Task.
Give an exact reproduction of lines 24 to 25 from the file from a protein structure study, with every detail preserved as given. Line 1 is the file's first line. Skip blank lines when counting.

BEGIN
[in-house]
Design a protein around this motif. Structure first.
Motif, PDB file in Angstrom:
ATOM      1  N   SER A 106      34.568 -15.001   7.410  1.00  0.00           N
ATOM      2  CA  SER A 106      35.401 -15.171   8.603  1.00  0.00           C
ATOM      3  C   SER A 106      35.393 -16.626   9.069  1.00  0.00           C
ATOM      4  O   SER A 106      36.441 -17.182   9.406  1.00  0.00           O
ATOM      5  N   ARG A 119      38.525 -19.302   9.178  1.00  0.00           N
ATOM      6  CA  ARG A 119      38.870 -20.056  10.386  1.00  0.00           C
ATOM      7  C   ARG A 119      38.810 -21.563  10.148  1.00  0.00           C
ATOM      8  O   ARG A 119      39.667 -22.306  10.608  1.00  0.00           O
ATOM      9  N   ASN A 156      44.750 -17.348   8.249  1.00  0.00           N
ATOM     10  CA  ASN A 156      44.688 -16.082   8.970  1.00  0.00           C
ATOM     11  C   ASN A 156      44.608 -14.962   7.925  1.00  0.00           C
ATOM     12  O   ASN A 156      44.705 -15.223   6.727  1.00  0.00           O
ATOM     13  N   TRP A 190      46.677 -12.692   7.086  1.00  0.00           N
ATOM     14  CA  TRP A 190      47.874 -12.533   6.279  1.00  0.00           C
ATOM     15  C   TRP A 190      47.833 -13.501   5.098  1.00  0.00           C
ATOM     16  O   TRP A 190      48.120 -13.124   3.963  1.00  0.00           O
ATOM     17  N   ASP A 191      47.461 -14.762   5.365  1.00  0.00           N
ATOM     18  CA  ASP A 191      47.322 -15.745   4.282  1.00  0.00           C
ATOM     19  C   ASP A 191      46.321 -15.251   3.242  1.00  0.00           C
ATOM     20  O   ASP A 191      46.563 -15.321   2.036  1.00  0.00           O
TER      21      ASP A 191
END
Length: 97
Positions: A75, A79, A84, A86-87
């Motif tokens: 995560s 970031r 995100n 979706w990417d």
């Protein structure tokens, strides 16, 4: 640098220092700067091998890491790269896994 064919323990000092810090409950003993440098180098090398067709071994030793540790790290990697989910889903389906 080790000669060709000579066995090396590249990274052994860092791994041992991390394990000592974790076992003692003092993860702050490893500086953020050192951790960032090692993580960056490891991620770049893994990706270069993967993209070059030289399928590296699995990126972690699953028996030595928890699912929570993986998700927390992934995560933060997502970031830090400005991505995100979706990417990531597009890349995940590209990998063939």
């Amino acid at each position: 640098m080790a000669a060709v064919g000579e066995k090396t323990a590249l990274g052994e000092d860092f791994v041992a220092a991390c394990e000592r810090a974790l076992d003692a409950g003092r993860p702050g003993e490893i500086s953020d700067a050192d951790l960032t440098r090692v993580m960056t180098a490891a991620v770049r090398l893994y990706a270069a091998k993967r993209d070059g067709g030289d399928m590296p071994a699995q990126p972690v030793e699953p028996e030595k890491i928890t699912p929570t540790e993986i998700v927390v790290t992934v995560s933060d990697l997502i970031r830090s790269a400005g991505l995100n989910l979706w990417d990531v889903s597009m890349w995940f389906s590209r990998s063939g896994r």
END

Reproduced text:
TER      21      ASP A 191
END